A Forester 2.5i-L averaged 11.8 litres/100km in a real-world comparison conducted for the June 2017 issue of Wheels magazine, ranking among the heavier drinkers of nine medium SUVs reviewed. (The most frugal, a Volkswagen Tiguan, returned 9.5 litres/100km.)

The most powerful engine choice is the turbocharged 2.0-litre petrol, a version of the engine powering Subaru’s iconic WRX sports sedan. This engine provides about half again as much thrust as any of the alternatives. It is available only with the automatic gearbox.

A Forester XT Premium with this engine averaged 11.4 litres/100km in real-world driving for Wheels.

The manual gearbox supplied with Foresters is a six-speeder. The auto gearbox is a Continuously Variable Transmission, or CVT, which gives better performance and fuel efficiency than a conventional auto with fixed gear ratios.

All Forester engines have their four cylinders laid flat in pairs and opposing each other, an unusual design that helps smoothness and – because it keeps the weight of the engine low in the car – improves handling.

(Power outputs and all other Forester specifications are available from the Cars Covered menu, under the main image on this page.)

What key features do I get if I spend more on 2016-2018 Forester?

Spending as little as possible will get you a Forester 2.0i-L, which has the 2.0-litre petrol engine, cloth seat trim, a manual gearbox, and 17-inch wheels.

Spend more for the 2.5i-L and you get the bigger petrol engine with an automatic gearbox. You also get X-Mode, which optimises the Forester’s stability and traction controls for driving at low speeds on loose and slippery surfaces. X-Mode will even restrain the speed of the car on steep downhill slopes, without help from the driver.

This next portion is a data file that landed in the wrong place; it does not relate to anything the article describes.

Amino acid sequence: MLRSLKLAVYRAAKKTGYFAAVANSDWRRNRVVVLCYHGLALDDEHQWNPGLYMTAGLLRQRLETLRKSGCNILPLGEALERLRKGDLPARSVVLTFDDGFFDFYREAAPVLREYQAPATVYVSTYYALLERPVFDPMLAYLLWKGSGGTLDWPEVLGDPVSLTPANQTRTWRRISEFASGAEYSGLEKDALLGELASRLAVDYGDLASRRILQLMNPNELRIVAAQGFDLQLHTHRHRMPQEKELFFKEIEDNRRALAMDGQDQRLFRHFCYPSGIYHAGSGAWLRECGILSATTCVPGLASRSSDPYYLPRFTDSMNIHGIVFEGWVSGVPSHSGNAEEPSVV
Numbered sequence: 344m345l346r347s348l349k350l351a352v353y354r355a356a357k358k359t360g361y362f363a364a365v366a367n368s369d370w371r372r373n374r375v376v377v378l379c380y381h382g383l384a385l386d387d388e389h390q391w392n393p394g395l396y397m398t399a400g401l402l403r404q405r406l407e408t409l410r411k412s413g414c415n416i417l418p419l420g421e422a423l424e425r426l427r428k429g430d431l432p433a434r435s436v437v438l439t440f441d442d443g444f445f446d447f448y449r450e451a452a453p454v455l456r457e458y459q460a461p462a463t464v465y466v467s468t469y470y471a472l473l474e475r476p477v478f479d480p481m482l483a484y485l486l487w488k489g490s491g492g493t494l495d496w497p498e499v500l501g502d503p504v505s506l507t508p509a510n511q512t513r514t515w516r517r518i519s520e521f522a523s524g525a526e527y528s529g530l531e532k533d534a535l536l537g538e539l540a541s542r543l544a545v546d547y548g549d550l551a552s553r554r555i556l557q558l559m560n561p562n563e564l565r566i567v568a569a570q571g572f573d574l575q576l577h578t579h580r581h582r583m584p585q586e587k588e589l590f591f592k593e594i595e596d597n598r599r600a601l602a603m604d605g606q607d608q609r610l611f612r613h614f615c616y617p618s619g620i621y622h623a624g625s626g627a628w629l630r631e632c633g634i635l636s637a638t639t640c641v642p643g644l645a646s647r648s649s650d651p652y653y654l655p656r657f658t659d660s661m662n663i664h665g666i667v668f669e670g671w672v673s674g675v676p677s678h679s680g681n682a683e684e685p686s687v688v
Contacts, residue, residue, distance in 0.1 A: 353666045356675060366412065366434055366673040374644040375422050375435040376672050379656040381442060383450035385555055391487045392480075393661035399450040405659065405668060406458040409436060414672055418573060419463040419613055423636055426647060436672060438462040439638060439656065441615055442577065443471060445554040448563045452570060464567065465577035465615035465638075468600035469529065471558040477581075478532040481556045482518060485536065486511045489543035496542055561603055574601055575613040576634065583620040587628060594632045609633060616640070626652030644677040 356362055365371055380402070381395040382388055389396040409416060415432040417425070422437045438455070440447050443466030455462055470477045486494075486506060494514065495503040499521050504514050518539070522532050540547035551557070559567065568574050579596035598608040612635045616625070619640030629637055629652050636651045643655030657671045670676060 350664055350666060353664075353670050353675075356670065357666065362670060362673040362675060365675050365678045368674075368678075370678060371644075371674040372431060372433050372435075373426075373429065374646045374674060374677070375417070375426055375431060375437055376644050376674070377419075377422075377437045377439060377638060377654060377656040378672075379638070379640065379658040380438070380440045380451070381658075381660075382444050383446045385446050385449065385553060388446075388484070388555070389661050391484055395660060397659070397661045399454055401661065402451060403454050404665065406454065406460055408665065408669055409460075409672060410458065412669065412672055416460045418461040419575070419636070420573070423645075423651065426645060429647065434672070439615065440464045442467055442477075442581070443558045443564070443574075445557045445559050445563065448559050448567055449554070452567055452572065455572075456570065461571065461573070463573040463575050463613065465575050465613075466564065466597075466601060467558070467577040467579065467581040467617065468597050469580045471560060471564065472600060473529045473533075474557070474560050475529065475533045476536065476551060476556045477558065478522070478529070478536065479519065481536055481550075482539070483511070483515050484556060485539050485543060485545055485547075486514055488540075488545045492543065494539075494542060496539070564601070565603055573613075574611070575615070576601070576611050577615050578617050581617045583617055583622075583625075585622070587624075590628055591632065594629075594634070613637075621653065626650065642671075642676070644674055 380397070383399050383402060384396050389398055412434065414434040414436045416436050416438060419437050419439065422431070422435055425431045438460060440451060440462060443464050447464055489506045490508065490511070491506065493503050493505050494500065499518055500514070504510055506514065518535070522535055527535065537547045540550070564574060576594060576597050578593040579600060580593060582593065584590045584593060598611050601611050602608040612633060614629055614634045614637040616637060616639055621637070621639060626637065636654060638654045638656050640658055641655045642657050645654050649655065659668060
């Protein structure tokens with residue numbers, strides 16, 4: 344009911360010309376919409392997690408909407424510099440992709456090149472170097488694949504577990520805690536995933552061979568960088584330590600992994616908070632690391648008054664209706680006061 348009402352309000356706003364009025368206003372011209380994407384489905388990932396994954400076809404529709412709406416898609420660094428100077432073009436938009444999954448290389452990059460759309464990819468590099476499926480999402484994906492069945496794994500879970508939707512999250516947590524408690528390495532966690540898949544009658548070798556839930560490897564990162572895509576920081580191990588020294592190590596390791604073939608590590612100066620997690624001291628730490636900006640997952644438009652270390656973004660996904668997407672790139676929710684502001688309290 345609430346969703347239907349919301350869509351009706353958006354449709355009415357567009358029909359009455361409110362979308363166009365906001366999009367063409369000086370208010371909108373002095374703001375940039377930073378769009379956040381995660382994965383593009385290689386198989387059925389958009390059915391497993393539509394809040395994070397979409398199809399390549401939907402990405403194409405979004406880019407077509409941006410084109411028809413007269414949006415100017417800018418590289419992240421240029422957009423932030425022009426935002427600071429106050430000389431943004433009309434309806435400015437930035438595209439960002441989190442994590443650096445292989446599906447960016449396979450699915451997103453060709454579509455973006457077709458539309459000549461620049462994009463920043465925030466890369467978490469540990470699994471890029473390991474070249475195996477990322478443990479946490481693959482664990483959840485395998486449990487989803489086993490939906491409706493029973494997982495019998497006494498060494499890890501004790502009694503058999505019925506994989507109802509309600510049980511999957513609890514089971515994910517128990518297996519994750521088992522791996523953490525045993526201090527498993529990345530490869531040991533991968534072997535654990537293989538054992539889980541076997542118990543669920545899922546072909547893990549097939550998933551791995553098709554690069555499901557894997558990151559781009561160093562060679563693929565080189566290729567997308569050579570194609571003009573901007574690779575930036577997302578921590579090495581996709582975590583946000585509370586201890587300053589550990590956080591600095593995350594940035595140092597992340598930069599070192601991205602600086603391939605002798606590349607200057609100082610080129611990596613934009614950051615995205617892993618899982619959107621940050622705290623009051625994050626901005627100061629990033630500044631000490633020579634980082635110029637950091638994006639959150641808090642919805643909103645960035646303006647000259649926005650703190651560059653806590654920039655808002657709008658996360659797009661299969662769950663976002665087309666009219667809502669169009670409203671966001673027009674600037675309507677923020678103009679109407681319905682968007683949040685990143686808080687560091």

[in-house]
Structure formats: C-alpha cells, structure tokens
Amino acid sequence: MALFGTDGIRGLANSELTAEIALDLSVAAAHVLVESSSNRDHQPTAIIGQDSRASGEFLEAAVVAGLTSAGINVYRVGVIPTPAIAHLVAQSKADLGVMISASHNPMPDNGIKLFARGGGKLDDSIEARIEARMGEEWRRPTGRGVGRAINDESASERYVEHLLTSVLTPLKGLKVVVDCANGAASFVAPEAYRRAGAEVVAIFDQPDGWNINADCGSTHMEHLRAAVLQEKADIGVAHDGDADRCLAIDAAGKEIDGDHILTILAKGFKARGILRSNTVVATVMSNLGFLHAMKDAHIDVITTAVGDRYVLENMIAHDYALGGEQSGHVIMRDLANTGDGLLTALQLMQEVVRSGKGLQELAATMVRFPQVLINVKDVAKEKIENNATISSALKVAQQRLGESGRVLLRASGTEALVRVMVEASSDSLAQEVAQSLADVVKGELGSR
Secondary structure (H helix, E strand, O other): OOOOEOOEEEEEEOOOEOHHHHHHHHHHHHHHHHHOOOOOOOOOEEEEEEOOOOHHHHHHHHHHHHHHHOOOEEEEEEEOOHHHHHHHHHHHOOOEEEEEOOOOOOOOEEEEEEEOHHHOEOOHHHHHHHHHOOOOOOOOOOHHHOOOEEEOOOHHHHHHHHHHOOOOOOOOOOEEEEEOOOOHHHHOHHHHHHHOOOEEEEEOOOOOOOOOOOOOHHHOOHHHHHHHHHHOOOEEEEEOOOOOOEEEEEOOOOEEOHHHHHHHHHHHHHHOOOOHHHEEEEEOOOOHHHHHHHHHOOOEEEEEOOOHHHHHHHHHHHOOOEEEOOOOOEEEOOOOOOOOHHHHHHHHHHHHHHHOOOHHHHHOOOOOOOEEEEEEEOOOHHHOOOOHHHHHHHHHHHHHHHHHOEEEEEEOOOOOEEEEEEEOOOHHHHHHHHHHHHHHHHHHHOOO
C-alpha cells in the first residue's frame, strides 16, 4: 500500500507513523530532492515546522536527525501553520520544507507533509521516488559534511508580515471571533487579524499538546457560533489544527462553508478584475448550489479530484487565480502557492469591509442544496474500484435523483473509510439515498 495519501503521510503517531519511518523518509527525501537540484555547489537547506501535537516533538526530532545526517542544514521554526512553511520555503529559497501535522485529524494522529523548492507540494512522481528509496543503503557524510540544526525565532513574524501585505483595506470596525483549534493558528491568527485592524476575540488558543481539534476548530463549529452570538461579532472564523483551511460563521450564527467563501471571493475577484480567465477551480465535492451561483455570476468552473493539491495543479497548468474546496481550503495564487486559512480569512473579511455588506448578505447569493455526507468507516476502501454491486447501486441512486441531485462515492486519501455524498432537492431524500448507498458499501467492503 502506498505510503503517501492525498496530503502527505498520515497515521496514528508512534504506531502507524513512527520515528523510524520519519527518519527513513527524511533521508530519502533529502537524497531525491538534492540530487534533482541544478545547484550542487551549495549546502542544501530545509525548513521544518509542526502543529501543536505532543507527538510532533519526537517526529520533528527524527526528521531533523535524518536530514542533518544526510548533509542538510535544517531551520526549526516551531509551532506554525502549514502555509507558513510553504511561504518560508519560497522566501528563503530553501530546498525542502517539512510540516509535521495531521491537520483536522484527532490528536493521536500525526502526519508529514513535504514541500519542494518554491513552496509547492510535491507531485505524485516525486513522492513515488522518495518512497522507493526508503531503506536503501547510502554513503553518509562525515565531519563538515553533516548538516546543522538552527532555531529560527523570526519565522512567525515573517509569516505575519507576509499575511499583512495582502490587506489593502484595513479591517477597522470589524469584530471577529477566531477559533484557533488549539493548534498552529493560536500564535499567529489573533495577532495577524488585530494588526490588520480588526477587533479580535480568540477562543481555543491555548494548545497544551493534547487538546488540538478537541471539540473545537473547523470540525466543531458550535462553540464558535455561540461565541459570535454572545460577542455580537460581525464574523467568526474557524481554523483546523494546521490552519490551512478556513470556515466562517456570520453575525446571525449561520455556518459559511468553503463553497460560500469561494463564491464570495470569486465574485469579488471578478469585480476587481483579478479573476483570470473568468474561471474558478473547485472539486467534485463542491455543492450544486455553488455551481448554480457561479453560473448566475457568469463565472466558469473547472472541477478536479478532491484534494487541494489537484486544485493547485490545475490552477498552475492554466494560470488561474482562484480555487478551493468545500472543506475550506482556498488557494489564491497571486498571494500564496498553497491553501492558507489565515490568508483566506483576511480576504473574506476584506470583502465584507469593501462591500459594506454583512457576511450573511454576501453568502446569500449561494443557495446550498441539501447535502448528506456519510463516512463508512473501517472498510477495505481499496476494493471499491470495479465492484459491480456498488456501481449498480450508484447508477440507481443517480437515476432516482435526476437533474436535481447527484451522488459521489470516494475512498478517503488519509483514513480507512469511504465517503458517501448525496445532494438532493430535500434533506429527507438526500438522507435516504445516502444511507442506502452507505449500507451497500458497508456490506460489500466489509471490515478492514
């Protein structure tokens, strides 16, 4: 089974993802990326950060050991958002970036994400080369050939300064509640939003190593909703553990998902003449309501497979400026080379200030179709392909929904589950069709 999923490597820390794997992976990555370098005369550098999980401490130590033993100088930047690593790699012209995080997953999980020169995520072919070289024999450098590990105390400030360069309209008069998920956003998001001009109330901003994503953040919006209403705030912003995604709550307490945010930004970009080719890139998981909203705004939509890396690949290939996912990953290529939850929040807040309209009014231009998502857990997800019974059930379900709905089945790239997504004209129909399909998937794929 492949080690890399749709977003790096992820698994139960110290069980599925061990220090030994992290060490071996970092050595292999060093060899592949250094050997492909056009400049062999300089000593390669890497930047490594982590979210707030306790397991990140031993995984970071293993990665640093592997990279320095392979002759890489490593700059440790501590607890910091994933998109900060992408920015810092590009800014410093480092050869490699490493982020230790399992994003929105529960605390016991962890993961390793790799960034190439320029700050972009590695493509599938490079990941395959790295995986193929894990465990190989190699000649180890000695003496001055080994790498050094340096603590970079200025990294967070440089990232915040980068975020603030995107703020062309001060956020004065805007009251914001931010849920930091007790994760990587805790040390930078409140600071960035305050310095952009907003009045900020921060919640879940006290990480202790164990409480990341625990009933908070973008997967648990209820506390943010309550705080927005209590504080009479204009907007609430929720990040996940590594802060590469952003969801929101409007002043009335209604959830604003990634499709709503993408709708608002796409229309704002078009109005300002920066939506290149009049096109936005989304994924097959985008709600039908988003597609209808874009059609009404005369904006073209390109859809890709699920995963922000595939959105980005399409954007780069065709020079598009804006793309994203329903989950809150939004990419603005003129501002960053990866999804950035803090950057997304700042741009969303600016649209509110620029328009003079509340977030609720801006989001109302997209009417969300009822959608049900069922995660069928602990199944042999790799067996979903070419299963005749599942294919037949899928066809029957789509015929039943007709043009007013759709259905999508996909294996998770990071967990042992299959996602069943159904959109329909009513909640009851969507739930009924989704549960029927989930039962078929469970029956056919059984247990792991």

Spend more again for a 2.5i-S and you get, in addition, two suites of driver aids: EyeSight, and Vision Assist.

EyeSight brings you adaptive cruise control (which will slow you from your set cruising speed to follow slower vehicles on the highway, resuming when the way is clear). As well, you get auto emergency braking and lane-keeping assistance, among other features.

Vision Assist helps you understand what is going on around your car. It includes a blind-spot monitor, a rear cross-traffic alert, and a side-view monitor.

The 2.5i-S also has satellite navigation, leather trim, heated and power-adjustable front seats, a driver’s seat that remembers your setting, and a tailgate that raises and lowers at the press of a button. Windscreen wipers operate automatically when it rains. Headlights use very efficient and long-lasting LEDs, and switch on automatically when it gets dark. They also swivel to shine into corners as you turn the steering wheel. A smart key can be left safely in your pocket or bag while you unlock and start the car. And the wheel diameter rises to 18 inches, with the tyre sidewall shrinking to compensate.

You can also spend money on a diesel engine. The 2.0D-L is similarly equipped to the 2.0i-L. The more expensive diesel, the 2.0D-S, has most luxury features of the 2.5i-S. However, only automatic gearbox diesels have X-Mode, and only the 2.0D-S automatic has EyeSight and Vision Assist.